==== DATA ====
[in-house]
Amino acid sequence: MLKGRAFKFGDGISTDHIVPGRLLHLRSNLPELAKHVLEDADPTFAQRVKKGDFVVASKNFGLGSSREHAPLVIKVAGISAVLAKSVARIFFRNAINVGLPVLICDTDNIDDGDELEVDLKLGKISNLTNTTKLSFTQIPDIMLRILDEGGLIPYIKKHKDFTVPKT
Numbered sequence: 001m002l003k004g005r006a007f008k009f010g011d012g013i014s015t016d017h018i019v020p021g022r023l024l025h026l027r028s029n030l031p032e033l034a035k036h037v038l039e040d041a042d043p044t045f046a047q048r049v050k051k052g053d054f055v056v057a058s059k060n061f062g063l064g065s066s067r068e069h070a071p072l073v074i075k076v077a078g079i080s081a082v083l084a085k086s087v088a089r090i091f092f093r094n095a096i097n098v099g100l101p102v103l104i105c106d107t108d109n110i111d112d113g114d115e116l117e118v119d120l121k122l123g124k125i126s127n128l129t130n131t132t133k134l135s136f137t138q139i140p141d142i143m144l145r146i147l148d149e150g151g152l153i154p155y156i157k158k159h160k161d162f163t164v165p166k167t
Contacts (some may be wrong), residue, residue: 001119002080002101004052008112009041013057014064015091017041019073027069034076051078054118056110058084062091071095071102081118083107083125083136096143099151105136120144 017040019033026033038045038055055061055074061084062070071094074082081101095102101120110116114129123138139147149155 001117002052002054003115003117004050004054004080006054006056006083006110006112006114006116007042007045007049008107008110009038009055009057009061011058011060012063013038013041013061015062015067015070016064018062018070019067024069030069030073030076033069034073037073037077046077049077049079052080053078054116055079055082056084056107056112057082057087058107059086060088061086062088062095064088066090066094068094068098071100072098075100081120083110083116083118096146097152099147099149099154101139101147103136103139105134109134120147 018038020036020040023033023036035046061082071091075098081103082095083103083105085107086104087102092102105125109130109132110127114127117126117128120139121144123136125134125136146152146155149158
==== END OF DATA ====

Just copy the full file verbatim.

[in-house]
Amino acid sequence: MLKGRAFKFGDGISTDHIVPGRLLHLRSNLPELAKHVLEDADPTFAQRVKKGDFVVASKNFGLGSSREHAPLVIKVAGISAVLAKSVARIFFRNAINVGLPVLICDTDNIDDGDELEVDLKLGKISNLTNTTKLSFTQIPDIMLRILDEGGLIPYIKKHKDFTVPKT
Numbered sequence: 001m002l003k004g005r006a007f008k009f010g011d012g013i014s015t016d017h018i019v020p021g022r023l024l025h026l027r028s029n030l031p032e033l034a035k036h037v038l039e040d041a042d043p044t045f046a047q048r049v050k051k052g053d054f055v056v057a058s059k060n061f062g063l064g065s066s067r068e069h070a071p072l073v074i075k076v077a078g079i080s081a082v083l084a085k086s087v088a089r090i091f092f093r094n095a096i097n098v099g100l101p102v103l104i105c106d107t108d109n110i111d112d113g114d115e116l117e118v119d120l121k122l123g124k125i126s127n128l129t130n131t132t133k134l135s136f137t138q139i140p141d142i143m144l145r146i147l148d149e150g151g152l153i154p155y156i157k158k159h160k161d162f163t164v165p166k167t
Contacts (some may be wrong), residue, residue: 001119002080002101004052008112009041013057014064015091017041019073027069034076051078054118056110058084062091071095071102081118083107083125083136096143099151105136120144 017040019033026033038045038055055061055074061084062070071094074082081101095102101120110116114129123138139147149155 001117002052002054003115003117004050004054004080006054006056006083006110006112006114006116007042007045007049008107008110009038009055009057009061011058011060012063013038013041013061015062015067015070016064018062018070019067024069030069030073030076033069034073037073037077046077049077049079052080053078054116055079055082056084056107056112057082057087058107059086060088061086062088062095064088066090066094068094068098071100072098075100081120083110083116083118096146097152099147099149099154101139101147103136103139105134109134120147 018038020036020040023033023036035046061082071091075098081103082095083103083105085107086104087102092102105125109130109132110127114127117126117128120139121144123136125134125136146152146155149158